Antonino Barges

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Antonino Barges (fl. 1546–1565) was a Franco-Flemish composer of the Renaissance, active in Venice and Treviso. While known as a composer of light popular secular forms such as the villotta, he also wrote motets and a Requiem. He was a friend and probably a student of Adrian Willaert, the founder of the Venetian School, and was listed as a witness to Willaert's last will and testament.[1]

Little is known about his early life. He was born in Barges. Like many of his countrymen, he received a good musical education in the Low Countries, and either in youth or early adulthood came to Italy, where employment prospects for singers and composers were better than at home. By 1550 he had become maestro di cappella (choirmaster) at the church of Santa Maria Gloriosa dei Frari (known as the Ca' Grande) in Venice, a prestigious post. He left Venice in 1555, going to Treviso, where he became a Franciscan and joined the convent of San Francesco. Further records show that he was employed at Treviso Cathedral between 1562 and 1565 as maestro di cappella.[2] No further records of his life have yet been found, and he has not yet been the subject of a dedicated scholarly biography.

Barges venerated his teacher and friend Willaert, and mentioned him glowingly in the dedication to his first book of villotte (Di Antonino Barges maestro di cappella alla Casa grande di Venetia il primo libro de villotte a quatro voci con un'altra canzon della galina novamente da lui composte & date in luce, Venice: Gardano, 1550): "l'unico inventore della vera e buona musica" ("the sole inventor of music which is true and good.")[3] Indeed, friendship is a theme of the dedication: in addition to the reference to Willaert, Barges characterizes his relationship with Girolamo Fenaruolo, the dedicatee, as a friendship, and mentions their mutual friends Stefano Taberio and Marco Silvio.[4] If Barges's dedication is to be believed, these men were among the first to hear and sing his songs, but the songs might also have found a home in Domenico Venier's salon.[5]

Barges published only this one book of light secular music, although it contains music besides villottas such as a dozen villanescas and four madrigals not by Barges but by Andrea Patricio (composers at this time often admitted a few works by others into their publications). Other music by Barges included some sacred works, including two motets for four voices, published in 1563, an Alleluia, and a Requiem for four voices (not dated). It is not known if he wrote this for Willaert. The style of the secular music is as light as anything found in northern Italy at the time: dancelike, quick, often triple meter, and often with nonsense syllables in a "patter" style.[2]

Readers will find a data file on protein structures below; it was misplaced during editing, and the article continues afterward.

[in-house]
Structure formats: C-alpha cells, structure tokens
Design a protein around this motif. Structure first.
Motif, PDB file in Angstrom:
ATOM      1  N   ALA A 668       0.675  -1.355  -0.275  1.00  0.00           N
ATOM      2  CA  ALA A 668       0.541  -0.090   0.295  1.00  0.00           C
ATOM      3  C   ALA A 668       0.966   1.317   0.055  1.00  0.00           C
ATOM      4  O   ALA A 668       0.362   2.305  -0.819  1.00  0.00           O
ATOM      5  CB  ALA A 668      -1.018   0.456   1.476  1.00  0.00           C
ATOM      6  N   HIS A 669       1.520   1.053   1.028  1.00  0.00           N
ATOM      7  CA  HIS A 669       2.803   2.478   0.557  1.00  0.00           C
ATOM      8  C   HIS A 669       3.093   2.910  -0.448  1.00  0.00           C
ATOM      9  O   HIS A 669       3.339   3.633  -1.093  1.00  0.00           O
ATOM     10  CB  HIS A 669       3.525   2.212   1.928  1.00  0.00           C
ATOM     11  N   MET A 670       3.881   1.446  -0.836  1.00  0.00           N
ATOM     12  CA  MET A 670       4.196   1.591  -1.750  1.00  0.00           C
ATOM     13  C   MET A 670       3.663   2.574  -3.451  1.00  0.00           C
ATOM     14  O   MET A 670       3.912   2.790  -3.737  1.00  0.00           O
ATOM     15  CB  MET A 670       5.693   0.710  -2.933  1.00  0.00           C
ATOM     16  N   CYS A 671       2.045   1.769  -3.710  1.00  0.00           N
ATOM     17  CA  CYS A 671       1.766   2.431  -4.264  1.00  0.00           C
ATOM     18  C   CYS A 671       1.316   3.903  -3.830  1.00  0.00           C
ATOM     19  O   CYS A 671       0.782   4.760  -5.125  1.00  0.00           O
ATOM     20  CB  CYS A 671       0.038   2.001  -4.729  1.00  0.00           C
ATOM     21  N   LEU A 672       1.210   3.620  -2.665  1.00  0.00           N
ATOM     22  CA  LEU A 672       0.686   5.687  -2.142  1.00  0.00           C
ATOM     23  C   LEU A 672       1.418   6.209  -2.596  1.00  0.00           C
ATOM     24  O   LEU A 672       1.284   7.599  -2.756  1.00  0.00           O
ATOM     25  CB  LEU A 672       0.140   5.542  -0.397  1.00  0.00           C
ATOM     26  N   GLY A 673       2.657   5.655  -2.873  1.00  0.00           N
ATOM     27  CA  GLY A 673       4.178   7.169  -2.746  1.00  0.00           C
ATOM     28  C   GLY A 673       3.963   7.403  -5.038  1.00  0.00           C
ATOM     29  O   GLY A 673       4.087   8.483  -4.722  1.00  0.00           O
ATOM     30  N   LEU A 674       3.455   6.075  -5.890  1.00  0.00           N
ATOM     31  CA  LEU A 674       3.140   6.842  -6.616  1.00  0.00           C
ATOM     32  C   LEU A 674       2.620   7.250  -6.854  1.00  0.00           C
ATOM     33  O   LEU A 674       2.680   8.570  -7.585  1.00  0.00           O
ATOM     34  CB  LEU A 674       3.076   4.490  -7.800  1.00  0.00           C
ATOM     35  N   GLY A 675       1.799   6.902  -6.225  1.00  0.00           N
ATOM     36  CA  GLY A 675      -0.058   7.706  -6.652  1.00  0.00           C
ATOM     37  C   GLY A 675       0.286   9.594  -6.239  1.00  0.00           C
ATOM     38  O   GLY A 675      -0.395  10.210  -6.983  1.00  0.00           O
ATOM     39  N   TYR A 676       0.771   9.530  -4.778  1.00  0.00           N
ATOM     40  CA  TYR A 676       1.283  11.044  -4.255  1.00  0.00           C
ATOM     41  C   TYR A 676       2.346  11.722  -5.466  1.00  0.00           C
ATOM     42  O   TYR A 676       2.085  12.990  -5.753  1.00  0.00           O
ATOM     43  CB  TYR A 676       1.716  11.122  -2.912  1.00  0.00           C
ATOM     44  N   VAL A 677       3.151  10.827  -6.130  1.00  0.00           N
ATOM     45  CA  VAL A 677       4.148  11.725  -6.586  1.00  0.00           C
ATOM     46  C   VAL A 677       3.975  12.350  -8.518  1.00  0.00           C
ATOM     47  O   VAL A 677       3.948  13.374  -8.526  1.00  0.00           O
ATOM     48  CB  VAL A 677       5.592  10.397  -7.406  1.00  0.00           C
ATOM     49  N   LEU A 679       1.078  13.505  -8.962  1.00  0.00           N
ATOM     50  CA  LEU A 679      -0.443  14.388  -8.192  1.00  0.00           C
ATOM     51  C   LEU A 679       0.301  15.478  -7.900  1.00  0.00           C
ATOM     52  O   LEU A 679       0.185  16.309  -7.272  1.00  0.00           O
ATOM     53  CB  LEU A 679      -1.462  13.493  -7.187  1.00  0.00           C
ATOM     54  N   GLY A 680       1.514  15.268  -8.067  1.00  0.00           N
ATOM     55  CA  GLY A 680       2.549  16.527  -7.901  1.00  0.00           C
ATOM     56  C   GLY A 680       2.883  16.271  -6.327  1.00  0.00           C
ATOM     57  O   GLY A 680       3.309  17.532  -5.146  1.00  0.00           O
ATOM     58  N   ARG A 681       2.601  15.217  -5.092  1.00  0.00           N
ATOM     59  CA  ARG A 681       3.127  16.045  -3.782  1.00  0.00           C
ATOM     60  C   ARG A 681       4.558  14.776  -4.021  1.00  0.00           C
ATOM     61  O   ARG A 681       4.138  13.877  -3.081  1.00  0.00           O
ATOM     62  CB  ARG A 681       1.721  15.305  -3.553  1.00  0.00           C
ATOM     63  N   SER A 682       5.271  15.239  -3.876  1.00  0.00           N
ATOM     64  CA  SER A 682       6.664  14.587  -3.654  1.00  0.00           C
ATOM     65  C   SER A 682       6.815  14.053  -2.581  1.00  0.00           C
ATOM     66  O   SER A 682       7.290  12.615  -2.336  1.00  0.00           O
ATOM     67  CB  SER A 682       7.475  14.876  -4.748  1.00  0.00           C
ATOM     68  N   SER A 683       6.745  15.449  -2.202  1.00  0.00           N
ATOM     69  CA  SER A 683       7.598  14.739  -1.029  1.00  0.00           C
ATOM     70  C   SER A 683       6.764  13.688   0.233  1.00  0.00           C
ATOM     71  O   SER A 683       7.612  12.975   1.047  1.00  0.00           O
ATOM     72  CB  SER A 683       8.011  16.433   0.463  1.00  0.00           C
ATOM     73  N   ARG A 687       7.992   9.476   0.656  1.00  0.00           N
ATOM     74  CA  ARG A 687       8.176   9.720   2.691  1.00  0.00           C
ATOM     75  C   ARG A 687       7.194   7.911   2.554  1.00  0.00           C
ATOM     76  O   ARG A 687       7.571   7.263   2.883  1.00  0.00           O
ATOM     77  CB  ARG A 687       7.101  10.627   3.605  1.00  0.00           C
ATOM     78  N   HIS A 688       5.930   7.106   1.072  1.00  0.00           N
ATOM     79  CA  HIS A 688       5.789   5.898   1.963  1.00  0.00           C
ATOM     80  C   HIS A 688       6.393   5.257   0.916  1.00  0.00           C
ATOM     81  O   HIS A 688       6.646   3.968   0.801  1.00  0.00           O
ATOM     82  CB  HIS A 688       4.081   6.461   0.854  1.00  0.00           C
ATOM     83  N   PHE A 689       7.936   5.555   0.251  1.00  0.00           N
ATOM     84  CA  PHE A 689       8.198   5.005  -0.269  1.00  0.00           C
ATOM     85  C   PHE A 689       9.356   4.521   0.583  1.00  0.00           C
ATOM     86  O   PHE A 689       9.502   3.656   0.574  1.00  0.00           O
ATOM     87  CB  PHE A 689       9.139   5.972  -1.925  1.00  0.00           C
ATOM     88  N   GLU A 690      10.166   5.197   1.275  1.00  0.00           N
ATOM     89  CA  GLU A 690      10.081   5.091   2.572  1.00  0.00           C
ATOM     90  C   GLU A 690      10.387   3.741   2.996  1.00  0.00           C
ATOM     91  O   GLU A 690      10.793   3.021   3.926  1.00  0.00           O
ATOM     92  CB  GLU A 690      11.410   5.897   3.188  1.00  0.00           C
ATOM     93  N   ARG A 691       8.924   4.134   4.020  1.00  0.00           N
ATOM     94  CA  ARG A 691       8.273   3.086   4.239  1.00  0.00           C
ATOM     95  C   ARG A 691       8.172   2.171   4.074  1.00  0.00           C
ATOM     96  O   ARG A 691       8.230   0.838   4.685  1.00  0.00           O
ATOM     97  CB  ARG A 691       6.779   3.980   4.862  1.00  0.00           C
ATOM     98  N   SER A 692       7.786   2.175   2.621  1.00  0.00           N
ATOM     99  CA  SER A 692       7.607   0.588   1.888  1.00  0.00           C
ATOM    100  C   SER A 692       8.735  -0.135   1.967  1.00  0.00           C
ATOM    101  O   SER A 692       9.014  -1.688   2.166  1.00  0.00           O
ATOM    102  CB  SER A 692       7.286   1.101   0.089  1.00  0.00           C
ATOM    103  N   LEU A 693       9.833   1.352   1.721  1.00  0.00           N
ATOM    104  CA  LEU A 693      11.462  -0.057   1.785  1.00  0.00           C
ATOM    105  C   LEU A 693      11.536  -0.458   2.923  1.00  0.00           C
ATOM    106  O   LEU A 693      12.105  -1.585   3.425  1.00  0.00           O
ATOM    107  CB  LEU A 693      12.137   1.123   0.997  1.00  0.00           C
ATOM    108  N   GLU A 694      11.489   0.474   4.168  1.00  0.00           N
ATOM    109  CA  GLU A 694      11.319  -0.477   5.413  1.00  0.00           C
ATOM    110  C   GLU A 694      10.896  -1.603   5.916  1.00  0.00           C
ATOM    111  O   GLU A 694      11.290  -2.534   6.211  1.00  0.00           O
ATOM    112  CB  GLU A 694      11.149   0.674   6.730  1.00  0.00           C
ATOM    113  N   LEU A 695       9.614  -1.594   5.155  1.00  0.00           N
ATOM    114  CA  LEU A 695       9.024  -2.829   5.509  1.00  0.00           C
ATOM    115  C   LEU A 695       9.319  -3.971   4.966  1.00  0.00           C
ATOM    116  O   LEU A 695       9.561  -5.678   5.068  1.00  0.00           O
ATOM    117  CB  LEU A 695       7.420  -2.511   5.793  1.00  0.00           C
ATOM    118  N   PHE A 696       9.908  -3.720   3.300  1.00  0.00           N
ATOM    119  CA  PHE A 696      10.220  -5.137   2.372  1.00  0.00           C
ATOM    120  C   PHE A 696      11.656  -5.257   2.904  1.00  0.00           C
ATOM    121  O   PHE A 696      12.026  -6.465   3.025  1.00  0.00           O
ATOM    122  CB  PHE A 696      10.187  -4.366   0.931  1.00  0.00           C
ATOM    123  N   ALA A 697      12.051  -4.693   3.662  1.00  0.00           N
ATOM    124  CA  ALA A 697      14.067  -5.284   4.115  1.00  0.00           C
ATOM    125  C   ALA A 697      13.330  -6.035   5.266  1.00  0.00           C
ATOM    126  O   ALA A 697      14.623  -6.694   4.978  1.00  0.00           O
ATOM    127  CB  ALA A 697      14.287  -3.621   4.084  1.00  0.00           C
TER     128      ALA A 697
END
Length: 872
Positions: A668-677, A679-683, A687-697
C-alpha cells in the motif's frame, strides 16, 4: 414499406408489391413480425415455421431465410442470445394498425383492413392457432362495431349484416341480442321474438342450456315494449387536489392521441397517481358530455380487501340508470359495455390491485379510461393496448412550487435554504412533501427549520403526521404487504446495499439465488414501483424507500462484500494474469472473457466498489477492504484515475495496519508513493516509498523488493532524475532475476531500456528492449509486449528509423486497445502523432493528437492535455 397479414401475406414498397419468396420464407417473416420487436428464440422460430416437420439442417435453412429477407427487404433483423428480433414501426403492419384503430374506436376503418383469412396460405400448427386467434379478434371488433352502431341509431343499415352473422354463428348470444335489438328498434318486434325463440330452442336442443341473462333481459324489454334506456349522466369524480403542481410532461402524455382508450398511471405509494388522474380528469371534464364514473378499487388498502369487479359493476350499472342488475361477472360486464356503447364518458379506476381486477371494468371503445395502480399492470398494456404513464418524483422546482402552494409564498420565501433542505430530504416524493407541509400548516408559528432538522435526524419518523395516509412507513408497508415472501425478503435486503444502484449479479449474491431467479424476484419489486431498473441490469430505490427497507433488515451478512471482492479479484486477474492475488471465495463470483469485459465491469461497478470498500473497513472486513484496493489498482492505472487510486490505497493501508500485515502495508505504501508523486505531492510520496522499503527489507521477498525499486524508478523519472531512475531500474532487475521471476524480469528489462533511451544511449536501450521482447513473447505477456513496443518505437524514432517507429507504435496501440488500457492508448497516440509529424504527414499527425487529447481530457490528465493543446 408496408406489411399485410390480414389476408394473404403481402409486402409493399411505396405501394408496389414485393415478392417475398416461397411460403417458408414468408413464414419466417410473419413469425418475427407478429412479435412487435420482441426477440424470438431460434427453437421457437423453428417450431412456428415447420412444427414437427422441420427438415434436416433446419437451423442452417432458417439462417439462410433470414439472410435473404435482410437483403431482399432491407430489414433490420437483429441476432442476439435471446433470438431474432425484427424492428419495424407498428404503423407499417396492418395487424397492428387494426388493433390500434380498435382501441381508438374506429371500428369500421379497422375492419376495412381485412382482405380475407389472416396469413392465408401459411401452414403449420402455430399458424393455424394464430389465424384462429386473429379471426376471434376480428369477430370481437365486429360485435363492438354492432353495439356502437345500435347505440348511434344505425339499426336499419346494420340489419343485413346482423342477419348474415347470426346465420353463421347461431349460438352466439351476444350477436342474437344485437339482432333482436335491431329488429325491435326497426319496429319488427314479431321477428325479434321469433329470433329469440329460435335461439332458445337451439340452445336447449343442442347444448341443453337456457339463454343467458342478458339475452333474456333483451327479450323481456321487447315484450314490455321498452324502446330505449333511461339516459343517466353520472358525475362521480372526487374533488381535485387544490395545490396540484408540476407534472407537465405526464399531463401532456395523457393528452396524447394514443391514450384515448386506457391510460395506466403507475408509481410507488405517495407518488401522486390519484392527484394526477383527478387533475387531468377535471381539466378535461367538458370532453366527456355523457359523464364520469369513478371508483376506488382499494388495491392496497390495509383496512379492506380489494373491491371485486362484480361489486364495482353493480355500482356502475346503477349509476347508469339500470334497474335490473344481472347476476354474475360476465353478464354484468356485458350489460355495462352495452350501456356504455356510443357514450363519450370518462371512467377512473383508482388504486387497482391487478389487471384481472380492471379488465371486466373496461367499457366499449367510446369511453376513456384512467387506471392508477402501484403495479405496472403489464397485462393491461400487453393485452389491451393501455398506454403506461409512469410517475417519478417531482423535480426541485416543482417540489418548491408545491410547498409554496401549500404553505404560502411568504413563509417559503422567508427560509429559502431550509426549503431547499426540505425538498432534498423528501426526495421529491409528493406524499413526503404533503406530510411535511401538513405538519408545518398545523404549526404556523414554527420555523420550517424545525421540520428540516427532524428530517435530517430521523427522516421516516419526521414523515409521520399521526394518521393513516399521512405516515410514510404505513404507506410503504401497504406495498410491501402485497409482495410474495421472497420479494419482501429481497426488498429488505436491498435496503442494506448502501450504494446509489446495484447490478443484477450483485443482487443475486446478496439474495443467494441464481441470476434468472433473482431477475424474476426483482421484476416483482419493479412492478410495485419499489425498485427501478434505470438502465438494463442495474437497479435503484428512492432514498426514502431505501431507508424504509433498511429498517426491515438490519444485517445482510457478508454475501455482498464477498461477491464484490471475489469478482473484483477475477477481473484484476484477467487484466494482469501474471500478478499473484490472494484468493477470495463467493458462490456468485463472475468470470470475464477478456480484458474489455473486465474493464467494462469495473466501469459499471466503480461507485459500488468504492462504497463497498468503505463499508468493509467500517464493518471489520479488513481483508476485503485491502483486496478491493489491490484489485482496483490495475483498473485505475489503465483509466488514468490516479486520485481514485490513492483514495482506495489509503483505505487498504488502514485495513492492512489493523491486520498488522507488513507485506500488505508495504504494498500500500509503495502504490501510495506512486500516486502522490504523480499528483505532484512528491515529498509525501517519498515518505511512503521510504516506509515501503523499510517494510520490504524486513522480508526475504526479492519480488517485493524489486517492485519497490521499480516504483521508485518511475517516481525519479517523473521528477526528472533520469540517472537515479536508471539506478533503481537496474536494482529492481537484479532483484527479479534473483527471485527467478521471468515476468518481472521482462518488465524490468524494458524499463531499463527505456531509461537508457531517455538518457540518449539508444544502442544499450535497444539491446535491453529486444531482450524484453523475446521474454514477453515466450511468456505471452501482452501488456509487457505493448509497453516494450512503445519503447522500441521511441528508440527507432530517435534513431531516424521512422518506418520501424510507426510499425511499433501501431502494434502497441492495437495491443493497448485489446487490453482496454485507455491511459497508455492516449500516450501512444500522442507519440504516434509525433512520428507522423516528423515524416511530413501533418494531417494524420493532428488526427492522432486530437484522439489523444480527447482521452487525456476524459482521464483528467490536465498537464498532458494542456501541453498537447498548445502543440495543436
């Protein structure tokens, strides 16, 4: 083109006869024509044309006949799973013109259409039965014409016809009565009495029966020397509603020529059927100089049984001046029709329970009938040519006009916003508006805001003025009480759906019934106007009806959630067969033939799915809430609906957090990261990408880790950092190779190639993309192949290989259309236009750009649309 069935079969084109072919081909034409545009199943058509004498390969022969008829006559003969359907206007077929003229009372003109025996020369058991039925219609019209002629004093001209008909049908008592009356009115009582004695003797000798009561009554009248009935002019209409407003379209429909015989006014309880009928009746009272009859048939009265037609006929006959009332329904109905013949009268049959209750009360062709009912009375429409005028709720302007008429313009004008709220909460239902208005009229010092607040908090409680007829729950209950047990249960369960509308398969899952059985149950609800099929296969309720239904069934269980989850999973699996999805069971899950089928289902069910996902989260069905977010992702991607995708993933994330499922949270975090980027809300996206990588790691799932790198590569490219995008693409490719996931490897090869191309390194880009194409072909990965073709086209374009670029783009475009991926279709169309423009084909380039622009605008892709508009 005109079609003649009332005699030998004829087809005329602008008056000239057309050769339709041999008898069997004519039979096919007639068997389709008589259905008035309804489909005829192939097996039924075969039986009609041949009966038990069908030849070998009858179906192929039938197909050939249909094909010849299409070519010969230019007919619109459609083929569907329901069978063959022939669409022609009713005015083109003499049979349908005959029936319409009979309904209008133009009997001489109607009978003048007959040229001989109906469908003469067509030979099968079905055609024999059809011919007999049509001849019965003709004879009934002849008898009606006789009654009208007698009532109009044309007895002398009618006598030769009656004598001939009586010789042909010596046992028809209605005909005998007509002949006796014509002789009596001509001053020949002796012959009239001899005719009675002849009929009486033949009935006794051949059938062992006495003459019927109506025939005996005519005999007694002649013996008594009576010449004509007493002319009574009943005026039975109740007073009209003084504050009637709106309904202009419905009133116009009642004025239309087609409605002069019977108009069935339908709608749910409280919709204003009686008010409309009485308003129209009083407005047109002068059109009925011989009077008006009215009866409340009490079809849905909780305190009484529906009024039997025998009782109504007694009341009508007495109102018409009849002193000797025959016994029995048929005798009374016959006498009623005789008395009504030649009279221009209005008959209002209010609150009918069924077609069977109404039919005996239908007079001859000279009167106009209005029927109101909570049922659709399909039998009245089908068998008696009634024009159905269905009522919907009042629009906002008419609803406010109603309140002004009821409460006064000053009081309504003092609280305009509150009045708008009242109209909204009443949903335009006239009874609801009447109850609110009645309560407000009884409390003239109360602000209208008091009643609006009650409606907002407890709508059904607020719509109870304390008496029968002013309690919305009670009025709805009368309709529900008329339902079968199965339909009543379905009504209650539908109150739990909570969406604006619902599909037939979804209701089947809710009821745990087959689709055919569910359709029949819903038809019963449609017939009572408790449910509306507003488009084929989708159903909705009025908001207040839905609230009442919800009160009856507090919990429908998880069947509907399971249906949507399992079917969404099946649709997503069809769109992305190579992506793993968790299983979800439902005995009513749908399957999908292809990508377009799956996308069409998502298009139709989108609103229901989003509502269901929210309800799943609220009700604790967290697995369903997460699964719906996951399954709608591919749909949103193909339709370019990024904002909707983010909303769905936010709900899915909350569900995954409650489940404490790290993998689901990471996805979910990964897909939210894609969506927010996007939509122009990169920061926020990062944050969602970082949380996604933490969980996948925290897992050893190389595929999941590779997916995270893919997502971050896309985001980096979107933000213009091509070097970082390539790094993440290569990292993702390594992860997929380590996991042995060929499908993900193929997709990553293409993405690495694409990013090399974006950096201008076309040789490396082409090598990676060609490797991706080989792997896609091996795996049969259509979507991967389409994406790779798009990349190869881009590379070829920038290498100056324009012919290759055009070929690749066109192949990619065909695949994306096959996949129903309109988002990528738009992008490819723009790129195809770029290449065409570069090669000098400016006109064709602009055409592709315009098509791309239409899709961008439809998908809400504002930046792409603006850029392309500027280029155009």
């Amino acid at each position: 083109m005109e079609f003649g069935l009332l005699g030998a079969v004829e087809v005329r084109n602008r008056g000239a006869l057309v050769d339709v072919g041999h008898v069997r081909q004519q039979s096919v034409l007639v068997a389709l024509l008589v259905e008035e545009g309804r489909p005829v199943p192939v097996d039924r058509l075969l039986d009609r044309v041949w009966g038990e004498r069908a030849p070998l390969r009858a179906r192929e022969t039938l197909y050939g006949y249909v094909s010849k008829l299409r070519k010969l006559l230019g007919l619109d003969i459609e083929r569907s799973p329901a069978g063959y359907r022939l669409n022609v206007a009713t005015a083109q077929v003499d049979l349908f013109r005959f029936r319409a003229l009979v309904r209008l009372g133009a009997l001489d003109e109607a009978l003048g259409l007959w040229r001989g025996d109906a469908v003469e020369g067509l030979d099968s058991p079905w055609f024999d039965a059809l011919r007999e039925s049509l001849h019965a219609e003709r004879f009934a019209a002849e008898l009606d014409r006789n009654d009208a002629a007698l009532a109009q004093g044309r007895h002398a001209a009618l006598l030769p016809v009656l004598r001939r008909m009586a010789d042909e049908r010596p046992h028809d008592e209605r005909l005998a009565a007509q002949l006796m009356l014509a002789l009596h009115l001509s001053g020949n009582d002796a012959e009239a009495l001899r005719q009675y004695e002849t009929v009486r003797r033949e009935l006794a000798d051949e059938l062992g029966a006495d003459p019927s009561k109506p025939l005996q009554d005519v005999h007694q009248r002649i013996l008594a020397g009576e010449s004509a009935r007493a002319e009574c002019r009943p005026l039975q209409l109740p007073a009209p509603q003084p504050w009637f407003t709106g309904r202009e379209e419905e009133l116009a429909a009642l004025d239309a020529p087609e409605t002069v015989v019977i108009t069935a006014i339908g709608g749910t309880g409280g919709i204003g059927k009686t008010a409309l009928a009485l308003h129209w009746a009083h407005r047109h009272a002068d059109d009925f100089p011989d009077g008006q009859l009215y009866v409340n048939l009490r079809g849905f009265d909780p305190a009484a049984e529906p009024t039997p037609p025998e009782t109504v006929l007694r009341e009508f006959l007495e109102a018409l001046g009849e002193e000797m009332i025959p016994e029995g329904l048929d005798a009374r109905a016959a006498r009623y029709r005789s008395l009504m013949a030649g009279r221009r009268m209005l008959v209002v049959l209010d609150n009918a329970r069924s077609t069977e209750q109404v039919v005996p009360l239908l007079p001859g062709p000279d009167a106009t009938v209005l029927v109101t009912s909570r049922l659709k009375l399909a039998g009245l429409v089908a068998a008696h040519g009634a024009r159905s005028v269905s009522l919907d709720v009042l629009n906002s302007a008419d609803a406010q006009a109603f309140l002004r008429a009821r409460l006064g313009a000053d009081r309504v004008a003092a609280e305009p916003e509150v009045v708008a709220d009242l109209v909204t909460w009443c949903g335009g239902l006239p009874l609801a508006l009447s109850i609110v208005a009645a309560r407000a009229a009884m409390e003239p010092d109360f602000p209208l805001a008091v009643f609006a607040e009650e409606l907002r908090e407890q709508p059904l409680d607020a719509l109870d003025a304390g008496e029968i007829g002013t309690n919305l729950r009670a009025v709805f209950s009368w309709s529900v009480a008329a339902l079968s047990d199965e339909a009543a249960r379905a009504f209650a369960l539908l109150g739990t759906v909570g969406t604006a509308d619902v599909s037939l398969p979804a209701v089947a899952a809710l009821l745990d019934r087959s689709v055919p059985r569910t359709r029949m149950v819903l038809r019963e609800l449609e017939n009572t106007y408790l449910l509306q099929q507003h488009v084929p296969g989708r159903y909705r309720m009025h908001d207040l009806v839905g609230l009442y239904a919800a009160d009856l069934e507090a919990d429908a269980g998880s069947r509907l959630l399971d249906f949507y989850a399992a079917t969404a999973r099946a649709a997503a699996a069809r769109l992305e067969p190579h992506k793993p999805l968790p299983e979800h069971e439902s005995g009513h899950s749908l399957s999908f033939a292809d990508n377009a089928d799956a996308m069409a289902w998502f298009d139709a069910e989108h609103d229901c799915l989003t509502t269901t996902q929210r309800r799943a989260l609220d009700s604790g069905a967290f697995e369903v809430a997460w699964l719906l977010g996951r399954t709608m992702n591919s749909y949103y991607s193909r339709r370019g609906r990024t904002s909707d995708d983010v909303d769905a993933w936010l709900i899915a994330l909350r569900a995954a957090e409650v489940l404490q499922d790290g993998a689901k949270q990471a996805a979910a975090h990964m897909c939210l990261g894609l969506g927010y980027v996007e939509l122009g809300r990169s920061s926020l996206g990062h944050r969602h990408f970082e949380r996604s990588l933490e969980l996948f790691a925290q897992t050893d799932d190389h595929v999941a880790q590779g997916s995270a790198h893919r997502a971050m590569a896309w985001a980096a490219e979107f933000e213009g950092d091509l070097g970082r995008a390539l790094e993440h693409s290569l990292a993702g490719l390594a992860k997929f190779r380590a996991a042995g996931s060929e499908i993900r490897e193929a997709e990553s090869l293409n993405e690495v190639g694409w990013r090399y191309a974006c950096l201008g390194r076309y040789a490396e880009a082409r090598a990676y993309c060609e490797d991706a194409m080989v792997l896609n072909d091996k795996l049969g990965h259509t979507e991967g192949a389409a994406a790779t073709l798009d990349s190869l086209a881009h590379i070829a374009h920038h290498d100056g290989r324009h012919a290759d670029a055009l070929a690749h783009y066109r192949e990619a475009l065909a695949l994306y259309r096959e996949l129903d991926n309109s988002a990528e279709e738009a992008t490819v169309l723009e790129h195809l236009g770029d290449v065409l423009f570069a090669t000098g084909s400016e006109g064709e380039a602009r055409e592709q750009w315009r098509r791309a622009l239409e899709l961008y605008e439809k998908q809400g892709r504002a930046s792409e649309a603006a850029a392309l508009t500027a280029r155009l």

Barges also wrote three instrumental ricercars.

Notes[edit]

  1. ^ Donna G. Cardamone, 'Barges, Antonino', Grove Music Online ed. L. Macy. Available at http://www.grovemusic.com.
  2. ^ a b Cardamone, 'Barges'.
  3. ^ Alfred Einstein, The Italian Madrigal, translated by Alexander H. Knappe, Roger H. Sessions and Oliver Strunk. 3 vols. Princeton, N.J.: Princeton University Press, 1949. I, 322.
  4. ^ Barges, Di Antonino Barges maestro di cappella alla Casa grande di Venetia il primo libro de villotte a quatro voci con un'altra canzon della galina novamente da lui composte & date in luce (Venice: Gardano, 1550).
  5. ^ Martha Feldman, City Culture and the Madrigal at Venice (Berkeley: University of California Press, 1995), 96-102. Available at http://ark.cdlib.org/ark:/13030/ft238nb1nr/. See also M. Feldman, ‘The Academy of Domenico Venier, Music’s Literary Muse in Mid-Cinquecento Venice’, Renaissance Quarterly, xliv (1991), 476–512.

References[edit]

  • Cardamone, Donna G. L. Macy, ed. Antonino Barges. Grove Music Online. Retrieved 28 October 2010.  (subscription required)
  • Gustave Reese, Music in the Renaissance. New York, W.W. Norton & Co., 1954. ISBN 0-393-09530-4
  • Alfred Einstein, The Italian Madrigal. Three volumes. Princeton, New Jersey, Princeton University Press, 1949. ISBN 0-691-09112-9
  • Martha Feldman, City Culture and the Madrigal at Venice (Berkeley: University of California Press, 1995). Available at http://ark.cdlib.org/ark:/13030/ft238nb1nr/.
  • Martha Feldman, ‘The Academy of Domenico Venier, Music’s Literary Muse in Mid-Cinquecento Venice’, Renaissance Quarterly, xliv (1991), 476–512.